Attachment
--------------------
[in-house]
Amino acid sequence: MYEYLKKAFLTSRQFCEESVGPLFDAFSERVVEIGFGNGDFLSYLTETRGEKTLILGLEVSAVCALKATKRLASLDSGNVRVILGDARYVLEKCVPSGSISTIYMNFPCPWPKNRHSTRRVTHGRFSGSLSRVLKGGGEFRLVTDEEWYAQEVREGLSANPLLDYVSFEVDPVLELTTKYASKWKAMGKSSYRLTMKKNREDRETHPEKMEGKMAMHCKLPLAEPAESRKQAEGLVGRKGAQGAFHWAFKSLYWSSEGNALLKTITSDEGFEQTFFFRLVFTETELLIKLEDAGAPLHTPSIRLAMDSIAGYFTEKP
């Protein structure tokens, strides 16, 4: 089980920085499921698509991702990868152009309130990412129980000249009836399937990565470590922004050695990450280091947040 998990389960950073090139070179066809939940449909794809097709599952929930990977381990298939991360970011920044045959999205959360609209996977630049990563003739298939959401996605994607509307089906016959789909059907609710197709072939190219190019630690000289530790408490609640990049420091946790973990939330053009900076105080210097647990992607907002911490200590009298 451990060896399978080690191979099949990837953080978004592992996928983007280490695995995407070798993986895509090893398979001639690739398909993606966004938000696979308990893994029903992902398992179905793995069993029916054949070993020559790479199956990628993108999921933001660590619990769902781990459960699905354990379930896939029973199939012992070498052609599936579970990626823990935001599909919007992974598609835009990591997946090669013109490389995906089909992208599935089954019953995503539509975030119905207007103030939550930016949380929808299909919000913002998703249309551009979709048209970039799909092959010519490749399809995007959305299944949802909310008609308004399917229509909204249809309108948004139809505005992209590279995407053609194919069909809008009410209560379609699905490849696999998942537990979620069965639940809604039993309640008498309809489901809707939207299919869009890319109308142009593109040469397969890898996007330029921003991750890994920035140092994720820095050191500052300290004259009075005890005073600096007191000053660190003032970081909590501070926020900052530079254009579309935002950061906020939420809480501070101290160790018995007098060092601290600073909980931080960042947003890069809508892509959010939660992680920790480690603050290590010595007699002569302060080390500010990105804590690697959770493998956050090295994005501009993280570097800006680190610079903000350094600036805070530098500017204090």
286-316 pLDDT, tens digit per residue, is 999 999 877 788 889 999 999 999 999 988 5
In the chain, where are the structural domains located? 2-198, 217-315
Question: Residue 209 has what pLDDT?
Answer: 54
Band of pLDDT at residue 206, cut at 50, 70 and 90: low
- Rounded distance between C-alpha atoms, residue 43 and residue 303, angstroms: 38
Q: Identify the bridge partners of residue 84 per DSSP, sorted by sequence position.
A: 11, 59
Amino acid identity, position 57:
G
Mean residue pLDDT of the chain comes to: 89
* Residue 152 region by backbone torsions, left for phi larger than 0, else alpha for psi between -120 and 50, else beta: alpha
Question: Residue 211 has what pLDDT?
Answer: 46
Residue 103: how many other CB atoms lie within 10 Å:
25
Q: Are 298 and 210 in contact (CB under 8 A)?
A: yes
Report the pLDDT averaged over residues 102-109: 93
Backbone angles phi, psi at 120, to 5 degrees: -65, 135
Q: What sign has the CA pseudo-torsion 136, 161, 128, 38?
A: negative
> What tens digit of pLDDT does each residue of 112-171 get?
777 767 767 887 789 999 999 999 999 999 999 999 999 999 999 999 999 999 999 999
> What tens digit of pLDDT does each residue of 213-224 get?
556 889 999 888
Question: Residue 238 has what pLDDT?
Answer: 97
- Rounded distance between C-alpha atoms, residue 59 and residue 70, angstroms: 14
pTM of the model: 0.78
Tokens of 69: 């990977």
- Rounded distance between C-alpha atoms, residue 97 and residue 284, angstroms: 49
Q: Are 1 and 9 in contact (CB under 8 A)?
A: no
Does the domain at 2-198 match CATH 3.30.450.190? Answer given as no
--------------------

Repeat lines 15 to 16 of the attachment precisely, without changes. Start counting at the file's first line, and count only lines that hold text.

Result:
* Residue 152 region by backbone torsions, left for phi larger than 0, else alpha for psi between -120 and 50, else beta: alpha
Question: Residue 211 has what pLDDT?